- Reaction score
Funny and partisan, all rolled into one, but that doesn't answer my original question ...George Wallace said:
jollyjacktar said:I know he has James Cudmore on staff as one ex journalist, who's his speech writer? Brian Williams?!? :
milnews.ca said:In public?
milnews.ca said:In public?
Thanks loads for that - much appreciated.Breacher said:I found this video on David Akin's Twitter feed. The video was posted in July of 2015. The "architect" statement is made around the 14 minute mark.
... We took the fight to the Taliban, we took it hard. In 2006, as General Vance, who's going to be the Chief of Defence Staff, if I could quote him, he said that I was the architect of Operation Medusa, one of the biggest operations since the Korean War Canada has led ... What people forgot was that, they only remember the fight and the tactical win that we had, but they forgot, how did we get there? I actually was able to take the population that was supporting the Taliban, bring them onto our side. That's how I was able to get the intelligence. That's how I was able to devise the counter-tactics against them and develop the operation that we were finally able to win on ...
Indeed ...jollyjacktar said:... It will be interesting to see if the CDS makes any statement to clarify or back up this or not.
And here's what the CDS told Global (again, via David Akin -- 3:06-3:14) at today's news conference on sexual misconduct when asked about the Sajjan statement ...jollyjacktar said:... It will be interesting to see if the CDS makes any statement to clarify or back up this or not.
And the CDS refused to take a follow-up question on Sajjan's statement.... I'm not really aware of this case and quite frankly I'd like us to keep our eye on the ball about sexual misconduct in the Armed Forces today. Thanks for your question ...
I hear you, and I'm one to give one the benefit of the doubt, but it's in the written remarks, he said it out loud in India, and he's said it in an interview in 2015. He had a chance to pick his words in 2015, and the info-machine had a chance to pick the words earlier this month, and those are the words that got used.jollyjacktar said:I suspect, that no matter if his words were correct and so to speak this all is taken out of context due to unfortunately framed phraseology ...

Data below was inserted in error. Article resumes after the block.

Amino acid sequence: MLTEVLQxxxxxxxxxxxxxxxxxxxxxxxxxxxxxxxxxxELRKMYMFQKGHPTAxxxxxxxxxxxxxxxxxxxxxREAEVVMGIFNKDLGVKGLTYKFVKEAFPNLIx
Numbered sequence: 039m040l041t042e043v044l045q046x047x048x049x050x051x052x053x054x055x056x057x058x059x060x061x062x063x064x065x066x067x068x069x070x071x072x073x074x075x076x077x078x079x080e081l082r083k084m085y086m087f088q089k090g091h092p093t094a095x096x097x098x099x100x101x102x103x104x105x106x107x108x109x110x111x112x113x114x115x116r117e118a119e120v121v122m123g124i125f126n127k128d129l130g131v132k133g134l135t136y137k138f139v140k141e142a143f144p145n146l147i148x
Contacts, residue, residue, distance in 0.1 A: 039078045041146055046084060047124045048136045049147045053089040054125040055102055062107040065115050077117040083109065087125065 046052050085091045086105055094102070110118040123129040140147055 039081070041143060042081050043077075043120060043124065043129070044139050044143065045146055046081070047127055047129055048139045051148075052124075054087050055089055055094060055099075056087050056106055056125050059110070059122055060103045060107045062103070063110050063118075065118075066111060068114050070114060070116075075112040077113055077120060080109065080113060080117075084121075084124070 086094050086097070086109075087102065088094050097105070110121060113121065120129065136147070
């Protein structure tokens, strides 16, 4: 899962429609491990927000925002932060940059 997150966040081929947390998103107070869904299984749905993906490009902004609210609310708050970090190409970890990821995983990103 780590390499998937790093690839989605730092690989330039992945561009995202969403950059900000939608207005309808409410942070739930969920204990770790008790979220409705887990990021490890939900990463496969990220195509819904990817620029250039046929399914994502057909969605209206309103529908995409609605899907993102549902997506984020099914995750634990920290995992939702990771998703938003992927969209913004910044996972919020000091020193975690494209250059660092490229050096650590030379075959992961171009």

Addressed to then-Vancouver police chief Jamie Graham, the letter from Brigadier General David Fraser thanked the chief for the loan of Detective Constable Sajjan, then a reserve officer with the Canadian Armed Forces.
It includes the following excerpts:
"Not only did [Sajjan] display a rare high level of intellect and experience in his analysis, he also demonstrated remarkable personal courage… often working in the face of the enemy to collect data and confirm his suspicions, and placing himself almost daily in situations of grave personal risk."
"[He] demonstrated a profound understanding of the Taliban and tribal networks…"
"He was the best single Canadian intelligence asset in theater, and his hard work, personal bravery and dogged determination undoubtedly saved a multitude of Coalition lives."
"Through his courage and dedication, Major Sajjan has single-handedly changed the face of intelligence gathering and analysis in Afghanistan."
"[H]is analysis was so compelling that it drove a number of large scale theatre-resourced efforts, including OPERATION MEDUSA... that resulted in the defeat of the largest TB cell yet identified in Afghanistan, with over 1500 Taliban killed or captured."
"I rate him as one of the best intelligence officers I have ever worked with."
"I have advised my chain of command that the Canadian Forces must capture his skill-set, and seek his advice on how to change our entire tactical intelligence training and architecture to best meet the needs of future deployed units fighting in extremely complex human battlespace."
FSTO said:Just listened to the CBC Power Panel on this issue. All the reporters are shaking their heads on why he would do this. He already had the street cred, he didn't have to embellish it all.
You're right about the political angle -- I was 50-50 about posting it here or on the political threads, and fell this way.Blackadder1916 said:... While I can understand why the initial report was placed in the "walt" thread, this is more than a story about some sad, insecure individual who inflated his military service history. This is a political story and though it may not be worthy of its own thread ...
op:A day before he backtracked from his false claim that he was the “architect” of Operation Medusa, one of the biggest and most dangerous missions of the war in Afghanistan, Minister of National Defence Harjit Sajjan inexplicably and stubbornly stood by them in a correspondence with me. What happened over the last five days might be called the anatomy of an apology.